Alcohol may also irritate your stomach, prompting a condition called gastritis in which the stomach lining gets inflamed. The related symptoms of vomiting and diarrhea also make you lose fluids and electrolytes, according to psychiatry professors Robert Swift and Dena Davidson, writing in the journal Alcohol Health and Research World.

There is also evidence that a hangover is a marker that you may be damaging your brain with alcohol, Medina said. Research suggests that hangover symptoms are related to abnormalities in the brain's white matter, which may occur in binge drinkers. A lot of withdrawal from substances is related to poor cognitive and brain outcomes, she said.

Can food cure a hangover?

Some people swear by a large meal after a night of drinking to digest that alcohol. Different cultures have different hangover foods, from hearty, greasy diner fare to giant burritos and ethnic soups. Jeanette Casey, bartender at the Playwright Celtic Pub in New York, recommends a "good Irish breakfast," which involves bacon or sausage.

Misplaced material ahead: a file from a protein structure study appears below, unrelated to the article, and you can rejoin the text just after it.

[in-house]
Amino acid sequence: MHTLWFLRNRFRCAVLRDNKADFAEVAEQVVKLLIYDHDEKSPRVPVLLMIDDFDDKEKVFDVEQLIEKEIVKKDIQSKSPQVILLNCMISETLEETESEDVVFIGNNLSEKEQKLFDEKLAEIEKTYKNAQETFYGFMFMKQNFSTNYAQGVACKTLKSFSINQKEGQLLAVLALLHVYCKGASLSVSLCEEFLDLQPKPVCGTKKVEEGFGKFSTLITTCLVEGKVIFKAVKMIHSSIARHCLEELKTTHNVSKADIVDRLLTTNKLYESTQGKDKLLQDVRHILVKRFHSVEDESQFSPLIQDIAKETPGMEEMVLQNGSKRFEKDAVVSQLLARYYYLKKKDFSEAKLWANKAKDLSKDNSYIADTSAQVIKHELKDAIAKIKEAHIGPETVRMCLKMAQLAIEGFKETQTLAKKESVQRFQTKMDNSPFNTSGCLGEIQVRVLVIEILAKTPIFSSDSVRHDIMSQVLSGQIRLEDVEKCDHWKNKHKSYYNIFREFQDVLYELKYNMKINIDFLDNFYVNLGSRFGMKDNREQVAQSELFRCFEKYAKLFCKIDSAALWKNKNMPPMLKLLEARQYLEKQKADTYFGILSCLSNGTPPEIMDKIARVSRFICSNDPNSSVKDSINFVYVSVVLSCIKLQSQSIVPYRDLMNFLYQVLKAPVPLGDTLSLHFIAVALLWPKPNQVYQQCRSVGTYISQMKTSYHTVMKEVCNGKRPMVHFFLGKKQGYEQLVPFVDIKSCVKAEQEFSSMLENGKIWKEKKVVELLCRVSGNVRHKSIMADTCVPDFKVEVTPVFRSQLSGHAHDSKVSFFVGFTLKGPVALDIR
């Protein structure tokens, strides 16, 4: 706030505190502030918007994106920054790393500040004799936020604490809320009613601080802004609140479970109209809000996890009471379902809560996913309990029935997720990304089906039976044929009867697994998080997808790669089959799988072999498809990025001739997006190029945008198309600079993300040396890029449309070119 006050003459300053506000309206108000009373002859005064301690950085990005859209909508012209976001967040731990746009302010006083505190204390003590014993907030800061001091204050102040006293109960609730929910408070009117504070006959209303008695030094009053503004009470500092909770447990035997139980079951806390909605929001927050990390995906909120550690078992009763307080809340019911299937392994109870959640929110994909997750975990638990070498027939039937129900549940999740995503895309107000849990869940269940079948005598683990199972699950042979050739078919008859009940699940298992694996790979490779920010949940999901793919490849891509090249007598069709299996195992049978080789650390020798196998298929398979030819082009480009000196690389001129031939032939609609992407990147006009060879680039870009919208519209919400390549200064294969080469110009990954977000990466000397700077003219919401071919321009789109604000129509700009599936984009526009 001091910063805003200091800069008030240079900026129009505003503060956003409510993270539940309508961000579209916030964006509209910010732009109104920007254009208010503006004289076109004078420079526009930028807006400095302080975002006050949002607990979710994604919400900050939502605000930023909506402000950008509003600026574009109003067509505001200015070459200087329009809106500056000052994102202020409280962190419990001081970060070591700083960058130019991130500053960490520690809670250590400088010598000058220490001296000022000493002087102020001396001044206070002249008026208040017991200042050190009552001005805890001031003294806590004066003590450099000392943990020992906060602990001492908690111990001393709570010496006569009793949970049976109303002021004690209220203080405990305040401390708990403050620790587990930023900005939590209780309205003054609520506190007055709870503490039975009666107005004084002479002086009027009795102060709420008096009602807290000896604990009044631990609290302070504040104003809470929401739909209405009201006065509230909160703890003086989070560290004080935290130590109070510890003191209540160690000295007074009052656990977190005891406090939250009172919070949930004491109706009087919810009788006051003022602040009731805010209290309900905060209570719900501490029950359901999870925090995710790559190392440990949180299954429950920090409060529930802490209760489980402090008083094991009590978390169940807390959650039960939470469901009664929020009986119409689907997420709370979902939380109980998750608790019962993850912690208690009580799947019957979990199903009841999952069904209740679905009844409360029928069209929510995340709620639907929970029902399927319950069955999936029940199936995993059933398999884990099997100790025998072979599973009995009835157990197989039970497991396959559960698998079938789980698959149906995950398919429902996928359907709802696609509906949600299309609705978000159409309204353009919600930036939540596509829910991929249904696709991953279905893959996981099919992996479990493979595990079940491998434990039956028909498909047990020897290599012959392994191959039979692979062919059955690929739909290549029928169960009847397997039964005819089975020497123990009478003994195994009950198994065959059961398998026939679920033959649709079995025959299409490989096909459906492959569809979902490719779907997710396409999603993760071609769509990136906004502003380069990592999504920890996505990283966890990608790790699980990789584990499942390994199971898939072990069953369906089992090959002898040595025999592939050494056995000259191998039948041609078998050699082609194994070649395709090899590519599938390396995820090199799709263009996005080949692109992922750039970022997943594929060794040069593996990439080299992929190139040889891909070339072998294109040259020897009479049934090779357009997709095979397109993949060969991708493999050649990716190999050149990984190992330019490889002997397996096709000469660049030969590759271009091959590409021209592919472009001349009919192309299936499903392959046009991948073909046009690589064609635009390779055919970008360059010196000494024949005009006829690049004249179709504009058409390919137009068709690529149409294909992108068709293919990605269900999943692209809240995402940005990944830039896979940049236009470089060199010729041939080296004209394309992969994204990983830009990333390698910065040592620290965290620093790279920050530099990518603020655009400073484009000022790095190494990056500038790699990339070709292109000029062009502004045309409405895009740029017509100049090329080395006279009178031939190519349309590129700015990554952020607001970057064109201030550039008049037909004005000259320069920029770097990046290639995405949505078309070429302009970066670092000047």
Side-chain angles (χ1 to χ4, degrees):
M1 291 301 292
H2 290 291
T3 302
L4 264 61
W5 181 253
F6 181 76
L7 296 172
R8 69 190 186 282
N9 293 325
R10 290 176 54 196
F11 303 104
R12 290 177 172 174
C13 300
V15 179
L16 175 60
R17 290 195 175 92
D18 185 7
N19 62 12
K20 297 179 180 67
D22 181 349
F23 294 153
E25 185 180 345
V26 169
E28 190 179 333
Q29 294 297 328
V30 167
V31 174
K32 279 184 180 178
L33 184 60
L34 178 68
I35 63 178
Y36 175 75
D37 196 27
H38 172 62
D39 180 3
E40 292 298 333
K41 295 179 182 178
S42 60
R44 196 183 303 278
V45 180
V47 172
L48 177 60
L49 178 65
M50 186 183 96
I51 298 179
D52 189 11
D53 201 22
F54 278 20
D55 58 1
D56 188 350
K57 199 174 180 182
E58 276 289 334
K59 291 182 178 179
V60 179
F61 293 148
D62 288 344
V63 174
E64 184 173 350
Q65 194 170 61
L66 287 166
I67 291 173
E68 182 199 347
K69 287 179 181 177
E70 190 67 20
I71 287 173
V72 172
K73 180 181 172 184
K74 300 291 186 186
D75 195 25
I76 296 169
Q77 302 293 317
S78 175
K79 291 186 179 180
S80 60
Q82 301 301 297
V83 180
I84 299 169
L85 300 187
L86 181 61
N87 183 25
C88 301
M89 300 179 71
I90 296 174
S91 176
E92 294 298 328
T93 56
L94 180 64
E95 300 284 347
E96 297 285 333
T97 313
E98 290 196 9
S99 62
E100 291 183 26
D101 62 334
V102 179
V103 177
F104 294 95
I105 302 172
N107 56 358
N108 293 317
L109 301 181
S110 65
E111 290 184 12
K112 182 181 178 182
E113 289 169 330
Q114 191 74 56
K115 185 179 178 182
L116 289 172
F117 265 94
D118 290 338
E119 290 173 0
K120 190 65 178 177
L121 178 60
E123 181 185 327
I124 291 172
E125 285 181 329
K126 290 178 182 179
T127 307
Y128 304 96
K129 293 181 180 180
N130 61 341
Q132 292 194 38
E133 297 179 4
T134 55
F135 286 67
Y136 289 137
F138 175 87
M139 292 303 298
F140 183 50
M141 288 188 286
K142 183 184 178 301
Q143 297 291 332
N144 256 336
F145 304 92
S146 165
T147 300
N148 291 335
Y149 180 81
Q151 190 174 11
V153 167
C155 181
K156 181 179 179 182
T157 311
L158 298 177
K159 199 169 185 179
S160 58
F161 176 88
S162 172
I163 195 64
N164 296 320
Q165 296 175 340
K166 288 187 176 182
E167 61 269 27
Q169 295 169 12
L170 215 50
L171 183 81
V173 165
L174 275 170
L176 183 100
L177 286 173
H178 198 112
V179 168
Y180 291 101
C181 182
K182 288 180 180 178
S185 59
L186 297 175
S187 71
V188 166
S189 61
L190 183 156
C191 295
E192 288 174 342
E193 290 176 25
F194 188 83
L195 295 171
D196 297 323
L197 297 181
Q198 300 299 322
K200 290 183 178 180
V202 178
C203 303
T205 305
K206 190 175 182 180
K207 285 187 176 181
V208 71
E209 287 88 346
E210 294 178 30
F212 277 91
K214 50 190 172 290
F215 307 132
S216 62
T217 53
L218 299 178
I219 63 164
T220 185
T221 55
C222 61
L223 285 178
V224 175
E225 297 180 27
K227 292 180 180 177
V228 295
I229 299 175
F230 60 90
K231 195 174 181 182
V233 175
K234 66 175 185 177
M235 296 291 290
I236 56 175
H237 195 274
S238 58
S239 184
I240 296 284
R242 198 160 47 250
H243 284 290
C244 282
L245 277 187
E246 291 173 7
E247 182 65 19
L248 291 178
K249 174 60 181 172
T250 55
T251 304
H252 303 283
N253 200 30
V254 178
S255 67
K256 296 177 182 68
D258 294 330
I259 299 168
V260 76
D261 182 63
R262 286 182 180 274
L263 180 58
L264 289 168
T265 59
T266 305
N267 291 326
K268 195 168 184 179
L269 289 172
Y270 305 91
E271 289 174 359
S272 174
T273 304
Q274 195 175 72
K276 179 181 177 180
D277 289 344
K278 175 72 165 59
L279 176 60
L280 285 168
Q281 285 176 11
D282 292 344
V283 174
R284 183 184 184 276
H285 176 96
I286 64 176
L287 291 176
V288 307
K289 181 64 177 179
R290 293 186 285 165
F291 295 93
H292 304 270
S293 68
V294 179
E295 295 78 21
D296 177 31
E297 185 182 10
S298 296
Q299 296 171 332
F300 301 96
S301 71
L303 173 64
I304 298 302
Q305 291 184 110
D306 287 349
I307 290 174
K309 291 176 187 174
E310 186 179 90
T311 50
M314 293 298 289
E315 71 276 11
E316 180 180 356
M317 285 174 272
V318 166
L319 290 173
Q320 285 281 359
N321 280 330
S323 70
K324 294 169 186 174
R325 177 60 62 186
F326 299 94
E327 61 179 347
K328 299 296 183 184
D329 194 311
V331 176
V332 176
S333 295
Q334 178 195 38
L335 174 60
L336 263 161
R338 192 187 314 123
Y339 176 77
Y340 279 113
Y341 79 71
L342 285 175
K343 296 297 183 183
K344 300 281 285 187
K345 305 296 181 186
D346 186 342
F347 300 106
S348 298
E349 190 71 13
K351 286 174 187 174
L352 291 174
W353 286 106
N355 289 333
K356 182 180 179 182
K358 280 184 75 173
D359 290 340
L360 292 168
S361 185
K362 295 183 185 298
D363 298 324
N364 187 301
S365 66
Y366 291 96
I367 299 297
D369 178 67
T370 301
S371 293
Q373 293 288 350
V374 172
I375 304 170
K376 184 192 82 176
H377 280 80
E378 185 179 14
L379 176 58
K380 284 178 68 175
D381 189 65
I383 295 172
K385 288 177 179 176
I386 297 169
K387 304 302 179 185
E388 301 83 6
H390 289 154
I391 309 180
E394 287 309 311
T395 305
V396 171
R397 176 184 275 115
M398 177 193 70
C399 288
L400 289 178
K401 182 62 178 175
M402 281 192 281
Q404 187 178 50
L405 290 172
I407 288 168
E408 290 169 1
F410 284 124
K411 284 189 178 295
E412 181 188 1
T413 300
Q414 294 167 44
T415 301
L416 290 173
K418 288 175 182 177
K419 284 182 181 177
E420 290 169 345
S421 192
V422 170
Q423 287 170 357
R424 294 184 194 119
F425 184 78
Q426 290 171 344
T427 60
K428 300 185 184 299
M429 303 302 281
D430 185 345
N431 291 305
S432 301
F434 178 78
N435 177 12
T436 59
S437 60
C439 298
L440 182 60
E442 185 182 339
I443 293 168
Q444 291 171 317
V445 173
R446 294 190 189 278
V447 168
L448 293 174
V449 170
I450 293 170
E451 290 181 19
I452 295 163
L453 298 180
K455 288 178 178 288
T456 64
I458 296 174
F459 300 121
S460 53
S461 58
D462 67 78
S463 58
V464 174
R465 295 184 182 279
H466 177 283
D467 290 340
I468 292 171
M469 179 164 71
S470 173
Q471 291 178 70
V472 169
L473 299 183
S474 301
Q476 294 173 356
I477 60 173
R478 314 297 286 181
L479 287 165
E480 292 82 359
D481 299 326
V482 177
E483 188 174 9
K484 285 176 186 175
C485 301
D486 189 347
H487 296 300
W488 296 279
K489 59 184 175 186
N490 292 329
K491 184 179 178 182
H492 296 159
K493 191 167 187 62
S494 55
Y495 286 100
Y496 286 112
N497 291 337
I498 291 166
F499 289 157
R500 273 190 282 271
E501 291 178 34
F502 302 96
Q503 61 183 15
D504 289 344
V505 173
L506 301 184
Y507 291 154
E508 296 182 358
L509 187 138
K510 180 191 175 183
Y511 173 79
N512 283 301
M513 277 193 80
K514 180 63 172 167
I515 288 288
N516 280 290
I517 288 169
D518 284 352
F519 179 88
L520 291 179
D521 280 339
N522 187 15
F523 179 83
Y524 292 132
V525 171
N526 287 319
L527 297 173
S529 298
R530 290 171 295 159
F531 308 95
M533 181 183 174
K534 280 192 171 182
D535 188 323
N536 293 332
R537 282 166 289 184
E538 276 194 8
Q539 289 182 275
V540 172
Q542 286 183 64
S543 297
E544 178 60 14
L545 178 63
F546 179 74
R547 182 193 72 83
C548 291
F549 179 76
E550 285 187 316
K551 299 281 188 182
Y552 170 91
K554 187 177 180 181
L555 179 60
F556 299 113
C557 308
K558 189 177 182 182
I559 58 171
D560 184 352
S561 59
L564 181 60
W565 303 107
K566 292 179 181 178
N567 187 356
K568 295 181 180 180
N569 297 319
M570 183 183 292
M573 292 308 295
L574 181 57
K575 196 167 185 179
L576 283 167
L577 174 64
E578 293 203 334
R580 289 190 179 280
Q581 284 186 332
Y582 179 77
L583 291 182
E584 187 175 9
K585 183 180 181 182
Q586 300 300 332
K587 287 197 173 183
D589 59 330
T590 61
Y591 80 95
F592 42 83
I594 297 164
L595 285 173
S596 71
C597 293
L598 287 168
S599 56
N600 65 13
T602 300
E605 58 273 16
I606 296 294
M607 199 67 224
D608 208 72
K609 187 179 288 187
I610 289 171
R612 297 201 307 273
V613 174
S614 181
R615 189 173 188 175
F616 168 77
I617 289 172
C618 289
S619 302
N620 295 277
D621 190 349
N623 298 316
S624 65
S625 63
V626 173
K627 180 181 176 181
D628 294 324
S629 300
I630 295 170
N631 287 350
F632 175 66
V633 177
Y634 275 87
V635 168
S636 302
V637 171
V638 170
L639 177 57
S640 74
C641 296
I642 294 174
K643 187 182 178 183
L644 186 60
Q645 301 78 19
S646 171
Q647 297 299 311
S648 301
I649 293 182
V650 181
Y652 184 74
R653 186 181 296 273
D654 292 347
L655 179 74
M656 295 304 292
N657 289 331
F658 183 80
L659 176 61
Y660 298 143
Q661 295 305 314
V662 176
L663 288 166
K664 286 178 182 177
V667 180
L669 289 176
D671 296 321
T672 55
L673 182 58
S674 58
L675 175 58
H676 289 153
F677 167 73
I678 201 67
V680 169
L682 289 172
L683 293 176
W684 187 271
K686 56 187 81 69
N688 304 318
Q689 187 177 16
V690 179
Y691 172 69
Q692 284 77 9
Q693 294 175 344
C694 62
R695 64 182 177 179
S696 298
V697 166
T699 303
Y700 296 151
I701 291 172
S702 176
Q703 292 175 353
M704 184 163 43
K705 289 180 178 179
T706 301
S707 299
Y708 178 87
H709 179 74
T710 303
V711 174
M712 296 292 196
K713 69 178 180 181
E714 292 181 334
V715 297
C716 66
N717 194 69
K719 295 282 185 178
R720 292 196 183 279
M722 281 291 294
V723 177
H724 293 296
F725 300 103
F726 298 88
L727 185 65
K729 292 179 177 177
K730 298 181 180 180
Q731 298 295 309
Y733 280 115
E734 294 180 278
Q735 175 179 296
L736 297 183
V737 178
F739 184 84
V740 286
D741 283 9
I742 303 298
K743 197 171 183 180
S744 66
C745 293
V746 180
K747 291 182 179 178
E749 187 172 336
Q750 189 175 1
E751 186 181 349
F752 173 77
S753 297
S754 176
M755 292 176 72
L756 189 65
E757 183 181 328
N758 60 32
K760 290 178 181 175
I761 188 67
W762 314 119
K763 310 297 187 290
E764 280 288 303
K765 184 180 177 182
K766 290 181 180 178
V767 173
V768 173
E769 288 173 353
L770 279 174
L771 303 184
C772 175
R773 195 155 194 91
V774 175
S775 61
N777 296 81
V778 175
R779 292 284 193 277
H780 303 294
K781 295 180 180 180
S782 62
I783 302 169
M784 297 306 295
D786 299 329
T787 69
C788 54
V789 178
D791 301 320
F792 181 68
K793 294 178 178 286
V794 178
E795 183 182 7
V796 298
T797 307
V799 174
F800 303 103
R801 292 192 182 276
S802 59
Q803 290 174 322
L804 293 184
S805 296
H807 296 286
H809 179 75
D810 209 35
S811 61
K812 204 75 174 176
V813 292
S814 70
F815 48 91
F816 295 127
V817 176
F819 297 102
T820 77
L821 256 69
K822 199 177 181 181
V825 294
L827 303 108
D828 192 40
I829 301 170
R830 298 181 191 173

But eating greasy foods after a night of drinking probably won't make you feel better, Zakhari said.

"If a person wants to eat, that's fine," he said. "They should do that during drinking or before drinking, not after. Because if people eat after drinking, it might be too late."

By the time you have a hangover, eating greasy fare won't have much of an effect in alleviating the symptoms, he said.

Bland foods, on the other hand, elevate your blood sugar and settle your stomach, according to the Mayo Clinic. Stick to toast and crackers.

Why shouldn't you drink more alcohol?

Bartenders such as Casey swear by the Bloody Mary as a hangover cure; she's not sure why it works, but it does in her experience. A beer works, as it's also, as the adage goes, "the hair of the dog that bit you," she said.

This belief that drinking more alcohol will alleviate the symptoms of too much drinking "doesn't make sense," Zakhari said.

"You already probably have done enough damage to the different parts of the body like the liver and heart," he said. "You don't want to go back and put more alcohol on top of that."

People believe that drinking is the right remedy because one of the symptoms of hangover is overstimulation of the brain, which makes you feel sensitive to light and sound, said Swift, psychiatrist at Brown University and the Providence VA Hospital. More alcohol will sedate the brain again but can actually be harmful because it increases other negative symptoms such as dehydration.